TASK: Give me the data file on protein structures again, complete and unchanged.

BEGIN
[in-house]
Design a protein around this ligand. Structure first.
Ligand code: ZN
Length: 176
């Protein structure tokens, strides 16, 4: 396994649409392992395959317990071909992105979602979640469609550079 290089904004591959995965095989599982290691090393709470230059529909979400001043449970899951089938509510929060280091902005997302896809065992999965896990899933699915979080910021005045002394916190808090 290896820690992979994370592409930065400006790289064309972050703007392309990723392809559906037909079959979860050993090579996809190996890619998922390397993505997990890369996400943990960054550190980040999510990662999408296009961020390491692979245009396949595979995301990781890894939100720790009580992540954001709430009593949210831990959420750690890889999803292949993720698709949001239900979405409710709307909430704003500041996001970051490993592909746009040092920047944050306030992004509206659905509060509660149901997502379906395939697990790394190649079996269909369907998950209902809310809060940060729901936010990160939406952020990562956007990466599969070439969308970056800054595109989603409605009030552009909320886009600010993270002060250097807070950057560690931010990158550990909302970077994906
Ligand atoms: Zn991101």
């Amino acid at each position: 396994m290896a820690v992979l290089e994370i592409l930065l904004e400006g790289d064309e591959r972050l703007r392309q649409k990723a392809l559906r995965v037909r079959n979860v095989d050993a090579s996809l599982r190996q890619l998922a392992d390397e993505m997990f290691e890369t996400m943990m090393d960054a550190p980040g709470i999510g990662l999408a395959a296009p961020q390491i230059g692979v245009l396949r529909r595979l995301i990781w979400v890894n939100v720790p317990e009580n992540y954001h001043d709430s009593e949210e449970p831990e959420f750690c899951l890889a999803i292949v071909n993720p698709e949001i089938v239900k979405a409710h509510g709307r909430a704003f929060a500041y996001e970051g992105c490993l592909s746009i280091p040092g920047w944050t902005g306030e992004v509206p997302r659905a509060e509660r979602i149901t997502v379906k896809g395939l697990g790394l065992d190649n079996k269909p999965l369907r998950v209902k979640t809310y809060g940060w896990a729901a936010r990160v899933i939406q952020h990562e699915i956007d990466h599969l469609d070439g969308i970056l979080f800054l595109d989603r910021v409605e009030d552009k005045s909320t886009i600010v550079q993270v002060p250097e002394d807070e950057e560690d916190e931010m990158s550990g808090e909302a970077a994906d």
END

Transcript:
[in-house]
Design a protein around this ligand. Structure first.
Ligand code: ZN
Length: 176
């Protein structure tokens, strides 16, 4: 396994649409392992395959317990071909992105979602979640469609550079 290089904004591959995965095989599982290691090393709470230059529909979400001043449970899951089938509510929060280091902005997302896809065992999965896990899933699915979080910021005045002394916190808090 290896820690992979994370592409930065400006790289064309972050703007392309990723392809559906037909079959979860050993090579996809190996890619998922390397993505997990890369996400943990960054550190980040999510990662999408296009961020390491692979245009396949595979995301990781890894939100720790009580992540954001709430009593949210831990959420750690890889999803292949993720698709949001239900979405409710709307909430704003500041996001970051490993592909746009040092920047944050306030992004509206659905509060509660149901997502379906395939697990790394190649079996269909369907998950209902809310809060940060729901936010990160939406952020990562956007990466599969070439969308970056800054595109989603409605009030552009909320886009600010993270002060250097807070950057560690931010990158550990909302970077994906
Ligand atoms: Zn991101």
């Amino acid at each position: 396994m290896a820690v992979l290089e994370i592409l930065l904004e400006g790289d064309e591959r972050l703007r392309q649409k990723a392809l559906r995965v037909r079959n979860v095989d050993a090579s996809l599982r190996q890619l998922a392992d390397e993505m997990f290691e890369t996400m943990m090393d960054a550190p980040g709470i999510g990662l999408a395959a296009p961020q390491i230059g692979v245009l396949r529909r595979l995301i990781w979400v890894n939100v720790p317990e009580n992540y954001h001043d709430s009593e949210e449970p831990e959420f750690c899951l890889a999803i292949v071909n993720p698709e949001i089938v239900k979405a409710h509510g709307r909430a704003f929060a500041y996001e970051g992105c490993l592909s746009i280091p040092g920047w944050t902005g306030e992004v509206p997302r659905a509060e509660r979602i149901t997502v379906k896809g395939l697990g790394l065992d190649n079996k269909p999965l369907r998950v209902k979640t809310y809060g940060w896990a729901a936010r990160v899933i939406q952020h990562e699915i956007d990466h599969l469609d070439g969308i970056l979080f800054l595109d989603r910021v409605e009030d552009k005045s909320t886009i600010v550079q993270v002060p250097e002394d807070e950057e560690d916190e931010m990158s550990g808090e909302a970077a994906d």